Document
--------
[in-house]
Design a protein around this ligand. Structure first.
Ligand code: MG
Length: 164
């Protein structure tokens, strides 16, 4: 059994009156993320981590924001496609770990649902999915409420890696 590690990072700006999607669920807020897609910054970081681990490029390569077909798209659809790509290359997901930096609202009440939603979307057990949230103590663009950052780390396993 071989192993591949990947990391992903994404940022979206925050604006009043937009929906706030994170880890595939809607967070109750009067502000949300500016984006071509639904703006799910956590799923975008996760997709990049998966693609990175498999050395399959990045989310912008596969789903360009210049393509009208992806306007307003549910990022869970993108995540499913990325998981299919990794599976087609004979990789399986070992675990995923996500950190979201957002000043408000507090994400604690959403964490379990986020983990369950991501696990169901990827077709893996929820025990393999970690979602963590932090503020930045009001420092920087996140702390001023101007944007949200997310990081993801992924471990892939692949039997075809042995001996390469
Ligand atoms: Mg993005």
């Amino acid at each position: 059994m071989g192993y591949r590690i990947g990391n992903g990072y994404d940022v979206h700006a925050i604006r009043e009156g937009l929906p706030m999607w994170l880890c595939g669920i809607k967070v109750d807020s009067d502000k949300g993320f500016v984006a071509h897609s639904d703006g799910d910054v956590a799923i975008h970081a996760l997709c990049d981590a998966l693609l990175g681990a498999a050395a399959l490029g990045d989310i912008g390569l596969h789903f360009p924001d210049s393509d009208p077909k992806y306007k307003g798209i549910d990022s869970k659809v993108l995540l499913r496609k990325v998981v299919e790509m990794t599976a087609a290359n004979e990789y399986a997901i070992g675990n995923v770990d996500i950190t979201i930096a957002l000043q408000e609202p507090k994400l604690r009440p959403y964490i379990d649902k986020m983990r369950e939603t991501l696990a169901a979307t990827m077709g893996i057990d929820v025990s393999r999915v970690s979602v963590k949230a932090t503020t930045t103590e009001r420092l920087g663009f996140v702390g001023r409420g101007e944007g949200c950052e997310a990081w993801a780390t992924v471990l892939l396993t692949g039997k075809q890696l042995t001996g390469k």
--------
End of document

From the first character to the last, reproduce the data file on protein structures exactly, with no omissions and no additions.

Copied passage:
[in-house]
Design a protein around this ligand. Structure first.
Ligand code: MG
Length: 164
């Protein structure tokens, strides 16, 4: 059994009156993320981590924001496609770990649902999915409420890696 590690990072700006999607669920807020897609910054970081681990490029390569077909798209659809790509290359997901930096609202009440939603979307057990949230103590663009950052780390396993 071989192993591949990947990391992903994404940022979206925050604006009043937009929906706030994170880890595939809607967070109750009067502000949300500016984006071509639904703006799910956590799923975008996760997709990049998966693609990175498999050395399959990045989310912008596969789903360009210049393509009208992806306007307003549910990022869970993108995540499913990325998981299919990794599976087609004979990789399986070992675990995923996500950190979201957002000043408000507090994400604690959403964490379990986020983990369950991501696990169901990827077709893996929820025990393999970690979602963590932090503020930045009001420092920087996140702390001023101007944007949200997310990081993801992924471990892939692949039997075809042995001996390469
Ligand atoms: Mg993005």
């Amino acid at each position: 059994m071989g192993y591949r590690i990947g990391n992903g990072y994404d940022v979206h700006a925050i604006r009043e009156g937009l929906p706030m999607w994170l880890c595939g669920i809607k967070v109750d807020s009067d502000k949300g993320f500016v984006a071509h897609s639904d703006g799910d910054v956590a799923i975008h970081a996760l997709c990049d981590a998966l693609l990175g681990a498999a050395a399959l490029g990045d989310i912008g390569l596969h789903f360009p924001d210049s393509d009208p077909k992806y306007k307003g798209i549910d990022s869970k659809v993108l995540l499913r496609k990325v998981v299919e790509m990794t599976a087609a290359n004979e990789y399986a997901i070992g675990n995923v770990d996500i950190t979201i930096a957002l000043q408000e609202p507090k994400l604690r009440p959403y964490i379990d649902k986020m983990r369950e939603t991501l696990a169901a979307t990827m077709g893996i057990d929820v025990s393999r999915v970690s979602v963590k949230a932090t503020t930045t103590e009001r420092l920087g663009f996140v702390g001023r409420g101007e944007g949200c950052e997310a990081w993801a780390t992924v471990l892939l396993t692949g039997k075809q890696l042995t001996g390469k």